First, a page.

The fragrance, which emerged about three days after the flower was fully open, has now changed, at day 12, from the light, clean scent of those cute little erasers from your childhood that had a bit of a scent to them to a more traditional "flower" scent that's just a teensy bit cloying, and a little more like lilies (although not that strong, thankfully. My husband's very sensitive to "stinky flowers" like Easter lilies and paperwhites and lilacs, but the orchid hasn't bothered him at all.)
But, gosh. Oh. my. gosh. Look at it.
How is such a flower even possible? I'm in awe. It's huge, too. As big as my hand, top to bottom. Amazing.
I know that cattleya flowers do not last as long as phalaenopsis, and this has been open an astonishing 12 days so far, so I suspect the change in the fragrance may be a sign that the flower is starting to decline. It's hard to tell by the stunning photos I was able to take today, but the color is just a hair faded over what it was yesterday; another sign. There is another flower sheath on the plant, but I have not seen the bud inside (when you hold it up to strong light, as if it were an egg you were candling) change much in the last few days, so I'm preparing myself for the fact that that second flower may crash and burn.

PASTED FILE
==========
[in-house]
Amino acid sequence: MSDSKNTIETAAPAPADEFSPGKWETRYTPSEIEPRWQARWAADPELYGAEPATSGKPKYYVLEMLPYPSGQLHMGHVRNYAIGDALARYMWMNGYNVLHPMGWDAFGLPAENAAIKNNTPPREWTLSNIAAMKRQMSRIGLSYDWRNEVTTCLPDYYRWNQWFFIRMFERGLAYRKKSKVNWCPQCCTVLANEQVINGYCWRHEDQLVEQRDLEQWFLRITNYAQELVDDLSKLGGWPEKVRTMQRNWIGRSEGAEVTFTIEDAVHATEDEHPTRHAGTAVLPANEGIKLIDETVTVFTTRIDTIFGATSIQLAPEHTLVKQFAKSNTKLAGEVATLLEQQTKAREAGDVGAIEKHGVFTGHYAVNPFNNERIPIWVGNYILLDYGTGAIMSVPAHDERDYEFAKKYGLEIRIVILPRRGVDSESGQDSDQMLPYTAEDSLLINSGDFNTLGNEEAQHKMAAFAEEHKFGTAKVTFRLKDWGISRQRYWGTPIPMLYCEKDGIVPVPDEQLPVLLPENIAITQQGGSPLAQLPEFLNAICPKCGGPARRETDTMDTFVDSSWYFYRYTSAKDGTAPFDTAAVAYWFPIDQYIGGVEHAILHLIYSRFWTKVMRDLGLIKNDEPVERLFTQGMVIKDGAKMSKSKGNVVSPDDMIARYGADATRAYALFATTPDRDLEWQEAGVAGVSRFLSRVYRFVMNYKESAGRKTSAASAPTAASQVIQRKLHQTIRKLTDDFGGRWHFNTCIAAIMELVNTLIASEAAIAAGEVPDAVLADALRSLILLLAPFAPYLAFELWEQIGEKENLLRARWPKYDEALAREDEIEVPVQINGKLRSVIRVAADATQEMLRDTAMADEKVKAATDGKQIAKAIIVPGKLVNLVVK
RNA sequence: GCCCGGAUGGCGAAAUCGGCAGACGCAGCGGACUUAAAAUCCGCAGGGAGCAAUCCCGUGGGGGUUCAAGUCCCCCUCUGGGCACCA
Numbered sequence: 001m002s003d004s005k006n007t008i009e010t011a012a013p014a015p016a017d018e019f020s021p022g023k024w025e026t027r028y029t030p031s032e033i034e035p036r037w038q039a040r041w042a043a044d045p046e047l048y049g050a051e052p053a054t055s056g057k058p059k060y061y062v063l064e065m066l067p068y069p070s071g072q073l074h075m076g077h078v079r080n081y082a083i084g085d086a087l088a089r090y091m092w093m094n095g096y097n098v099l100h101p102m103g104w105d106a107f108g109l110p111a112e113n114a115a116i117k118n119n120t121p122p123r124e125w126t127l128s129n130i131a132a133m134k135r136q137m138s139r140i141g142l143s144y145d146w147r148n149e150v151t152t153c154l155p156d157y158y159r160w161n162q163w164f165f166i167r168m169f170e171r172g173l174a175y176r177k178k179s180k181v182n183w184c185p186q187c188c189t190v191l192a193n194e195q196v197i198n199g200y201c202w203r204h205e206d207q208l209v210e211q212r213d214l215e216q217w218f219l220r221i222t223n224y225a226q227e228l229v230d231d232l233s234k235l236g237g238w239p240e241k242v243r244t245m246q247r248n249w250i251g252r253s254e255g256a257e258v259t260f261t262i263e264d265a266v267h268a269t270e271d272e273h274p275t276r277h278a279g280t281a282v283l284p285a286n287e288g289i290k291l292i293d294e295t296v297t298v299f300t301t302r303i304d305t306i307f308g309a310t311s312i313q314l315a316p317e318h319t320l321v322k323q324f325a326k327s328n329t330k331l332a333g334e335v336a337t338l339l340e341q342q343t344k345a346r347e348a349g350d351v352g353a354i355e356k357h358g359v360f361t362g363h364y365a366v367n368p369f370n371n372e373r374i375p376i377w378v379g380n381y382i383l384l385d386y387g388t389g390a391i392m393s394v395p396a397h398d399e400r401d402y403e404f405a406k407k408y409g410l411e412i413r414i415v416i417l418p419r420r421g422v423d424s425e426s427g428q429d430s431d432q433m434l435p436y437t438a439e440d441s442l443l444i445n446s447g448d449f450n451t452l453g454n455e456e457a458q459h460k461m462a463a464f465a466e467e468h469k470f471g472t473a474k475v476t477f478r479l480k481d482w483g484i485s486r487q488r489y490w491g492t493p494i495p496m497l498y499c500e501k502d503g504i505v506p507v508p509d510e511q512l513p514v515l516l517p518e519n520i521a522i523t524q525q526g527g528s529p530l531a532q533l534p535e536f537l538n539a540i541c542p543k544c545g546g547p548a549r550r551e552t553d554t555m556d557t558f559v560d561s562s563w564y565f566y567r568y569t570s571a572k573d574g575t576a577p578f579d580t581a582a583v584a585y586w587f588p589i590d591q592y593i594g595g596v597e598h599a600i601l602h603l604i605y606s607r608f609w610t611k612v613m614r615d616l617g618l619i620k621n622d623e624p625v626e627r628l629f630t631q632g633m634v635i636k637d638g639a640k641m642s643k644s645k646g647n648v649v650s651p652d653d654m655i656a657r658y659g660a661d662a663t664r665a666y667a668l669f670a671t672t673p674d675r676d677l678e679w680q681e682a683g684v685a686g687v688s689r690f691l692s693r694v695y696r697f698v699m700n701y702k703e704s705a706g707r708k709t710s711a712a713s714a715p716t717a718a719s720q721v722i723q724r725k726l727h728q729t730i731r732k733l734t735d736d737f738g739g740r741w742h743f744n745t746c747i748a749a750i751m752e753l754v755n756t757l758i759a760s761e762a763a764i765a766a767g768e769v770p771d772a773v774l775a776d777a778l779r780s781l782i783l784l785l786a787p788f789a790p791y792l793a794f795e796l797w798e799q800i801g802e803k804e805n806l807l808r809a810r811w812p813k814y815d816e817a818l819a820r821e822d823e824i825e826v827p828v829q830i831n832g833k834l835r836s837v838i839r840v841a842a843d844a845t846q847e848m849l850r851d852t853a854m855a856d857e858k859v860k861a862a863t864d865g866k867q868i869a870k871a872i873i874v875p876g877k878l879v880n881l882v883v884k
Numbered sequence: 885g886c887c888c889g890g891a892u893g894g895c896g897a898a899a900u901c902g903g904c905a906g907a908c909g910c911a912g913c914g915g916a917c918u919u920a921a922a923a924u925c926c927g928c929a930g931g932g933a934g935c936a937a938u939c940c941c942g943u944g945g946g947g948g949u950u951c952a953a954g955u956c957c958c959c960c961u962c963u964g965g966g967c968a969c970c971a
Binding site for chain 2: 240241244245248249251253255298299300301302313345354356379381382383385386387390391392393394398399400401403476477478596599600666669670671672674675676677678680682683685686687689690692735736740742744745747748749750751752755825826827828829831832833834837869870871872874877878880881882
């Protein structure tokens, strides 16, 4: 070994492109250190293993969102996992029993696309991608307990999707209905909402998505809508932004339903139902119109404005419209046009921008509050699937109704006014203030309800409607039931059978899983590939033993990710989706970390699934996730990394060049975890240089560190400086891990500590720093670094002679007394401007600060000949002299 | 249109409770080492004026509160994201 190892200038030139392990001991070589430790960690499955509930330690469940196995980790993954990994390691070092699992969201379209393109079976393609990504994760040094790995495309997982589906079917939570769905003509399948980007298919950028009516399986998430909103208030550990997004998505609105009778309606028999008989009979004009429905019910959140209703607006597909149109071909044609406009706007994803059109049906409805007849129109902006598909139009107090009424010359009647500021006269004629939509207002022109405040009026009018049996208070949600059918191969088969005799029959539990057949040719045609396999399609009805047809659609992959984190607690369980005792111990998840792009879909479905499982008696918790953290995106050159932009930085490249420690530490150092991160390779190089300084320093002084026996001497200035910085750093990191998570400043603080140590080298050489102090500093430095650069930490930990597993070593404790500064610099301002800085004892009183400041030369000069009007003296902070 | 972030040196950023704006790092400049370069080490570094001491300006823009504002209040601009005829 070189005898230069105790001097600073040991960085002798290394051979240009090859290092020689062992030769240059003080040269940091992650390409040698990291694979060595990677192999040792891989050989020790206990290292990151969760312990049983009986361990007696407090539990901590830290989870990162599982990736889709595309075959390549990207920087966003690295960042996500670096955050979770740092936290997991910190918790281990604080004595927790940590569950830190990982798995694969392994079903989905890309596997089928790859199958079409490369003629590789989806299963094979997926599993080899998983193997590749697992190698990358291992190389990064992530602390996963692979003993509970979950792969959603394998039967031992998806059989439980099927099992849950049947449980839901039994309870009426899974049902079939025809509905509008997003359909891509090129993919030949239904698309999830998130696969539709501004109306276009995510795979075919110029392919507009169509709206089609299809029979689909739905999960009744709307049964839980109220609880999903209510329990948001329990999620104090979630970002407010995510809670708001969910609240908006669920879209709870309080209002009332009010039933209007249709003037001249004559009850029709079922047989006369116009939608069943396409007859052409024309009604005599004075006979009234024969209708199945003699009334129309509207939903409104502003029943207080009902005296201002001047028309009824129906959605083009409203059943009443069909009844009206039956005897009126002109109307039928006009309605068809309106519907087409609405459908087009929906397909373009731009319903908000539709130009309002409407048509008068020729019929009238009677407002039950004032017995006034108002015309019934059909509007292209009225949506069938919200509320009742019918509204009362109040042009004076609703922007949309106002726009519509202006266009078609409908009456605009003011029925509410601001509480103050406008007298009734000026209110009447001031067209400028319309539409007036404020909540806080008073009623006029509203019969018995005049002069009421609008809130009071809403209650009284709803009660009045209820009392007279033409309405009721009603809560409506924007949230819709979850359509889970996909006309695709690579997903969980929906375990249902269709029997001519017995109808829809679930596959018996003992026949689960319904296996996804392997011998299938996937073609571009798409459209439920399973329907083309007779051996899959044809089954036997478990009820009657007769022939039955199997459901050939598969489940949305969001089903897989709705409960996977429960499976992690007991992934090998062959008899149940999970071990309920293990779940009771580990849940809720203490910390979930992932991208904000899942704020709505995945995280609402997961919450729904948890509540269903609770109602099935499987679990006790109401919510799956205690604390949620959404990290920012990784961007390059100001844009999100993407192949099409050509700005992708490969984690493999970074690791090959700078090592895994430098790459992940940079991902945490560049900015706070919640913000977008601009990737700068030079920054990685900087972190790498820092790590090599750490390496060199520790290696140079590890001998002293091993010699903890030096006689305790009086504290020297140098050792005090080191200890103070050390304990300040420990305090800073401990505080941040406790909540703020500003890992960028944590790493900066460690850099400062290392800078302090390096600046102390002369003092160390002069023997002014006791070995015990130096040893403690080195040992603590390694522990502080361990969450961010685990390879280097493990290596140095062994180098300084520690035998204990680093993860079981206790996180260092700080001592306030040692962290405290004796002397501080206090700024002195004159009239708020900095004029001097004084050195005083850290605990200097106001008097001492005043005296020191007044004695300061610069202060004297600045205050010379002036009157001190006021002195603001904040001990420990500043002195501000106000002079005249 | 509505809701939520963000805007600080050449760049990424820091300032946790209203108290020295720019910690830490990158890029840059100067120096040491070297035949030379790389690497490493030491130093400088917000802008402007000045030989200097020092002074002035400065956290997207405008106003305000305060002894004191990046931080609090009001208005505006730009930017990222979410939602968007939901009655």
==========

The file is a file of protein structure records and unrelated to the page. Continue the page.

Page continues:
If so, I will live. I had this one to enjoy, I got many good photos of it, and six (!) of my seven phalaenopsis orchids are putting out flower spikes, including both (!!) my miniatures (Pictures of those at the bottom of this post) and Pirate Picotee, so there is more to come.